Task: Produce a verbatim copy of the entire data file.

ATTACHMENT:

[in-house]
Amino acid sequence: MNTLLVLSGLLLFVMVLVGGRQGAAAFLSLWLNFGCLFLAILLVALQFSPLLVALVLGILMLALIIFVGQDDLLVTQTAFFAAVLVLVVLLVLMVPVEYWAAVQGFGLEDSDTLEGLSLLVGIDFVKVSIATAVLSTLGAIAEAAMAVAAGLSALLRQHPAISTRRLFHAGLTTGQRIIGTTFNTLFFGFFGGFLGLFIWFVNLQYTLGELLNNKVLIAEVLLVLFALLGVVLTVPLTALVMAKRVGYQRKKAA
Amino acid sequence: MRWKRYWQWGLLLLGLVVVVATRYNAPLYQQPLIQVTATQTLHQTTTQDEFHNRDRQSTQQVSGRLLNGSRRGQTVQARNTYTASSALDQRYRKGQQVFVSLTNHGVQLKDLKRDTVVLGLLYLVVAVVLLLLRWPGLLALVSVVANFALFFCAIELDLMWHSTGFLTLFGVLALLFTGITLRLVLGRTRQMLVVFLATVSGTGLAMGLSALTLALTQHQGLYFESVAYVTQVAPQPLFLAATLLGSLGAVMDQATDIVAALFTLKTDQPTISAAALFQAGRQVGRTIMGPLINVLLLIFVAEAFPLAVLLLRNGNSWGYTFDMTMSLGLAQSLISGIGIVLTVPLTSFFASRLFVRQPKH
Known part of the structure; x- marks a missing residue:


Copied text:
[in-house]
Amino acid sequence: MNTLLVLSGLLLFVMVLVGGRQGAAAFLSLWLNFGCLFLAILLVALQFSPLLVALVLGILMLALIIFVGQDDLLVTQTAFFAAVLVLVVLLVLMVPVEYWAAVQGFGLEDSDTLEGLSLLVGIDFVKVSIATAVLSTLGAIAEAAMAVAAGLSALLRQHPAISTRRLFHAGLTTGQRIIGTTFNTLFFGFFGGFLGLFIWFVNLQYTLGELLNNKVLIAEVLLVLFALLGVVLTVPLTALVMAKRVGYQRKKAA
Amino acid sequence: MRWKRYWQWGLLLLGLVVVVATRYNAPLYQQPLIQVTATQTLHQTTTQDEFHNRDRQSTQQVSGRLLNGSRRGQTVQARNTYTASSALDQRYRKGQQVFVSLTNHGVQLKDLKRDTVVLGLLYLVVAVVLLLLRWPGLLALVSVVANFALFFCAIELDLMWHSTGFLTLFGVLALLFTGITLRLVLGRTRQMLVVFLATVSGTGLAMGLSALTLALTQHQGLYFESVAYVTQVAPQPLFLAATLLGSLGAVMDQATDIVAALFTLKTDQPTISAAALFQAGRQVGRTIMGPLINVLLLIFVAEAFPLAVLLLRNGNSWGYTFDMTMSLGLAQSLISGIGIVLTVPLTSFFASRLFVRQPKH
Known part of the structure; x- marks a missing residue: